A History of the American Revolution: Comprehending All the Principal Events Both in the Field and in the Cabinet

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Page 252 - Mr. President — Though I am truly sensible of the high honor done me, in this appointment, yet I feel great distress, from a consciousness that my abilities and military experience may not be equal to the extensive and important trust.
Page 69 - LIBERTY to recoil within them: men promoted to the highest seats of justice, some who, to my knowledge, were glad, by going to a foreign country, to escape being brought to the bar of a Court of Justice in their own.
Page 89 - I rejoice that America has resisted. Three millions of people, so dead to all the feelings of liberty as voluntarily to submit to be slaves, would have been fit instruments to make slaves of the rest.
Page 211 - But, from the necessity of the case, and a regard to the mutual interest of both countries, we cheerfully consent to the operation of such acts of the British parliament, as are bona fide, restrained to the regulation of our external commerce, for the purpose of securing the commercial advantages of the whole empire to the mother country, and the commercial benefits of its respective members ; excluding every idea of taxation internal or external, for raising a revenue on the subjects in America,...
Page 252 - I beg leave to assure the Congress, that, as no pecuniary consideration could have tempted me to accept this arduous employment, at the expense of my domestic ease and happiness, I do not wish to make any profit from it. I will keep an exact account of my expenses. Those, I doubt not, they will discharge; and that is all I desire.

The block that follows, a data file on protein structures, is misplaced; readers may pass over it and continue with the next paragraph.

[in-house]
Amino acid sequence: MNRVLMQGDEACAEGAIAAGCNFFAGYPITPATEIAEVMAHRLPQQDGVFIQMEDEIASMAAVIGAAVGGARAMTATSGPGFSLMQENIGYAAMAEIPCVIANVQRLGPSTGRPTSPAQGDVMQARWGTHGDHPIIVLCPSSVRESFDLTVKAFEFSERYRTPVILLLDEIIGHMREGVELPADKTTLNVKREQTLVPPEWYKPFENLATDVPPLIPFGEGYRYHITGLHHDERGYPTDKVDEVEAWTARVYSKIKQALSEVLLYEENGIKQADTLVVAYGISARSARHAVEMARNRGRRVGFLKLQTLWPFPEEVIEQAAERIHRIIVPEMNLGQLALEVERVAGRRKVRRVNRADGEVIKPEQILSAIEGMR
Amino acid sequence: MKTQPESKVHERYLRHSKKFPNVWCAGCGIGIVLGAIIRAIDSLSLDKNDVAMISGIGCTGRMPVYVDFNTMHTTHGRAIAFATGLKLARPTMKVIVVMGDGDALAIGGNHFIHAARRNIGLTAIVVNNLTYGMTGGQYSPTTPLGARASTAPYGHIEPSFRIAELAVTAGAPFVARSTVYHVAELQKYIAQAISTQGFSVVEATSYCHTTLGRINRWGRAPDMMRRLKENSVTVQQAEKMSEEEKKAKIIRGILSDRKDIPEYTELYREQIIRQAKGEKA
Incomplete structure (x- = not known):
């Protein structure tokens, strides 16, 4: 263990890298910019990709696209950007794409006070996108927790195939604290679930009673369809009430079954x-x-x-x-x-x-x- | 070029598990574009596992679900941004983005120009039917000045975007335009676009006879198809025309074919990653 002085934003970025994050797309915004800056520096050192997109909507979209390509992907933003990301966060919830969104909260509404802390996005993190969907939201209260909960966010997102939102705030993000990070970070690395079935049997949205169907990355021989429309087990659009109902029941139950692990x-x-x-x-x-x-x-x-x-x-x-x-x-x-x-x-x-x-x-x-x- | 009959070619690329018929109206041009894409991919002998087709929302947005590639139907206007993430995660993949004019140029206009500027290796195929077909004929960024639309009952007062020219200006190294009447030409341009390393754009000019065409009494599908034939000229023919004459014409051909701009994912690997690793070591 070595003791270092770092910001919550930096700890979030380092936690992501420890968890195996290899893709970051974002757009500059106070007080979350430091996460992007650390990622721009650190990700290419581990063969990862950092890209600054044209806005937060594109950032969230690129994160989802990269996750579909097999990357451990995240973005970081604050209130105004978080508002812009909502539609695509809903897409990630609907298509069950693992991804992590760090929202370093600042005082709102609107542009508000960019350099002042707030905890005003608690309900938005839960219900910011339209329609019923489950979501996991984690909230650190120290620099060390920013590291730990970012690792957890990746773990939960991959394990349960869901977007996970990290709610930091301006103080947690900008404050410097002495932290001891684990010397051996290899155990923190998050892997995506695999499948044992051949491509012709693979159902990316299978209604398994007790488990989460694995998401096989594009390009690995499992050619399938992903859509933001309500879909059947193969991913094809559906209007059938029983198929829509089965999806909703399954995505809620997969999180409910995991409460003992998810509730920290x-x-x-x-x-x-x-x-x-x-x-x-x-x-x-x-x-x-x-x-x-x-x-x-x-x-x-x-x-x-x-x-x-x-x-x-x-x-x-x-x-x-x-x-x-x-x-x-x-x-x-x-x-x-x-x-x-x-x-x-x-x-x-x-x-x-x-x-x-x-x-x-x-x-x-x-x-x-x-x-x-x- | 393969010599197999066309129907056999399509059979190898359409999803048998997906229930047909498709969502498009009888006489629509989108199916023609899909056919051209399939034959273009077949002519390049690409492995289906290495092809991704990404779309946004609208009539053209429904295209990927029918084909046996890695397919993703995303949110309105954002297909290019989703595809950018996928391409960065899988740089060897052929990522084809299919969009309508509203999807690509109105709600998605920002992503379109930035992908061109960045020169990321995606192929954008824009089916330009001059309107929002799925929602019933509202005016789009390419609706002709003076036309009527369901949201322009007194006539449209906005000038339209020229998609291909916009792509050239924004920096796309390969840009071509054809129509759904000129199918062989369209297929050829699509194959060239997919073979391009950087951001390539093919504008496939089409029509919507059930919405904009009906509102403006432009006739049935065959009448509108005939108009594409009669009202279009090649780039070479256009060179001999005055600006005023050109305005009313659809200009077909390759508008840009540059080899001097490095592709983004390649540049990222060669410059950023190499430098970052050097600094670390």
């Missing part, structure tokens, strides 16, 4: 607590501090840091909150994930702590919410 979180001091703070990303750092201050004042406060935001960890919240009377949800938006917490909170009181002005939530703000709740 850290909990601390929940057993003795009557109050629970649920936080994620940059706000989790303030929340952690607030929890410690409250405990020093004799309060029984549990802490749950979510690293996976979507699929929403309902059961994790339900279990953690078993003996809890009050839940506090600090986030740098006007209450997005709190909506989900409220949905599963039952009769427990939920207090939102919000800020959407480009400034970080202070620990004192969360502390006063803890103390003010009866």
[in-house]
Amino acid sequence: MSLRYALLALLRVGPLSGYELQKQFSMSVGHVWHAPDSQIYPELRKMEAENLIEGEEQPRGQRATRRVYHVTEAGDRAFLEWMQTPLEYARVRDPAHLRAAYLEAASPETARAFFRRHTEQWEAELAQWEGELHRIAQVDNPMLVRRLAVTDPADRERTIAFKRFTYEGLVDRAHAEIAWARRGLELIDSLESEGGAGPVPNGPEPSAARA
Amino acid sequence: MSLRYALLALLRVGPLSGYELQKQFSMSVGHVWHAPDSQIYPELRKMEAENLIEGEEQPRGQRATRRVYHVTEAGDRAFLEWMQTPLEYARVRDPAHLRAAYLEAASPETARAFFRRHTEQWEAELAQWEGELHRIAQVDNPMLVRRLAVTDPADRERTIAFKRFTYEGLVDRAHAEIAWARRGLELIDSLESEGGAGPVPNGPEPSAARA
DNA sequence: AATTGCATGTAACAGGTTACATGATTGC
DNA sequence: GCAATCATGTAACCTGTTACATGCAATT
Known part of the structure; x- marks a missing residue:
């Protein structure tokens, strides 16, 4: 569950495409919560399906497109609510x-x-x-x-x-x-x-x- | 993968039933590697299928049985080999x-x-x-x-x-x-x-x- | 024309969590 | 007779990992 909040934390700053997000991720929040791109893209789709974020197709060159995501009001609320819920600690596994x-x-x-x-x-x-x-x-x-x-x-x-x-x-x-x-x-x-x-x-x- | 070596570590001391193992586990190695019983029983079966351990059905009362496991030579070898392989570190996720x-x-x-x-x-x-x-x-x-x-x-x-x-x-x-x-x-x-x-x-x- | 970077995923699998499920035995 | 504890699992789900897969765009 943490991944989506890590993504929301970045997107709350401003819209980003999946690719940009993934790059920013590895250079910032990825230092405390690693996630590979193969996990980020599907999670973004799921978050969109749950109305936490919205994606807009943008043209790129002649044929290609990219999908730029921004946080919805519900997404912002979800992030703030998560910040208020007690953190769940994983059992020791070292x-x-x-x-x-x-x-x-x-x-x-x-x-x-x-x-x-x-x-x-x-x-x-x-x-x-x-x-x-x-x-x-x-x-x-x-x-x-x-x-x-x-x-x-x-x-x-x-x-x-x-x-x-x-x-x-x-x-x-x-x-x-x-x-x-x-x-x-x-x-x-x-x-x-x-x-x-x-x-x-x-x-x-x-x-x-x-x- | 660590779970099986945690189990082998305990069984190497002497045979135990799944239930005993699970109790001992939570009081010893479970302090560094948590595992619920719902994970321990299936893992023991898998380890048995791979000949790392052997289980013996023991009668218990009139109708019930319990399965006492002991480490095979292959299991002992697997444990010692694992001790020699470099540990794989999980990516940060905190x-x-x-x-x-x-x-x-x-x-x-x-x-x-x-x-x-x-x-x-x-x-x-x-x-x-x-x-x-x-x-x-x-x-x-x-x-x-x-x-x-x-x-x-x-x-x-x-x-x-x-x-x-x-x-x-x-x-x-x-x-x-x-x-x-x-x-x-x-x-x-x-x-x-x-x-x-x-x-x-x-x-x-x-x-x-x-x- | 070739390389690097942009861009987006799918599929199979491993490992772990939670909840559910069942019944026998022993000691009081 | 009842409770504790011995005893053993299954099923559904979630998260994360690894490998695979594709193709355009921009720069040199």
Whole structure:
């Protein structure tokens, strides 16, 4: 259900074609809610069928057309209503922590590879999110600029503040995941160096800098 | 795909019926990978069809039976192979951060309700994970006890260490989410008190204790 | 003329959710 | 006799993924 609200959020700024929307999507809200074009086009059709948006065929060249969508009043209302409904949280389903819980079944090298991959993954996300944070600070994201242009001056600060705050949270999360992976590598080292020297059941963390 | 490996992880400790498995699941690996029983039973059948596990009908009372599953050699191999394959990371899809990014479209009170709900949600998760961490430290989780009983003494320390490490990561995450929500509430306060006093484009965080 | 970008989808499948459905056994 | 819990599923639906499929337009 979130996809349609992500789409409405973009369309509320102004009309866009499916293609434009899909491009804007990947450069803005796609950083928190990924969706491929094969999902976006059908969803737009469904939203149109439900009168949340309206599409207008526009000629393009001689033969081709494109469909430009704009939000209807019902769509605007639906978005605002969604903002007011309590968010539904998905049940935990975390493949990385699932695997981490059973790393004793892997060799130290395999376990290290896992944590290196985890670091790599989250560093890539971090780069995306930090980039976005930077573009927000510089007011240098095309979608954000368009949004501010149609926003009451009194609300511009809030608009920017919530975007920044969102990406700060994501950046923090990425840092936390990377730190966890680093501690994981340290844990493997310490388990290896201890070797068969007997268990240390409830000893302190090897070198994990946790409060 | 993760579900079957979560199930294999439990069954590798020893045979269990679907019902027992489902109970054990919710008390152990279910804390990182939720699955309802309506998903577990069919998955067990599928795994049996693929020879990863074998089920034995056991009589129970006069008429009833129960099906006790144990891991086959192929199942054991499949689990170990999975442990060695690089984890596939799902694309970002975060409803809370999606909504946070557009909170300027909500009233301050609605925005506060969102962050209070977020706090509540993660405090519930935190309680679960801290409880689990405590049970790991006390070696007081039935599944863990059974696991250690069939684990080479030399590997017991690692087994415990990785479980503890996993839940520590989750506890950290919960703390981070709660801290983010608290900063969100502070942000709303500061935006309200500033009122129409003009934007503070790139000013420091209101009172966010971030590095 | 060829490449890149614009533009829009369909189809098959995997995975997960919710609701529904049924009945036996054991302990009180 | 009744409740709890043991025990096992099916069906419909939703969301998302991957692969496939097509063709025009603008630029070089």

Page 209 - An Act for the impartial administration of justice, in the cases of persons questioned for any act done by them in the execution of the law, or for the suppression of riots and tumults, in the Province of the Massachusetts Bay, in New England...
Page 348 - He has excited Domestic Insurrections amongst us, and has endeavoured to bring on the inhabitants of our frontiers the merciless Indian savages, whose known rule of warfare is an undistinguished destruction of all ages, sexes and conditions.
Page 211 - That the respective colonies are entitled to the common law of England, and more especially to the great and inestimable privilege of being tried by their peers of the vicinage, according to the course of that law.
Page 72 - Resolved, That the taxation of the people by themselves, or by persons chosen by themselves to represent them, who can only know what taxes the people are able to bear, and the easiest mode of raising them, and are equally affected by such taxes themselves, is the distinguishing characteristic of British freedom, and without which the ancient constitution cannot subsist.
Page 208 - An Act to discontinue, in such manner, and for such time, as are therein mentioned, the landing and discharging, lading or shipping of Goods, Wares, and Merchandise, at the Town, and within the Harbour of Boston, in the Province of Massachusetts Bay, in North America...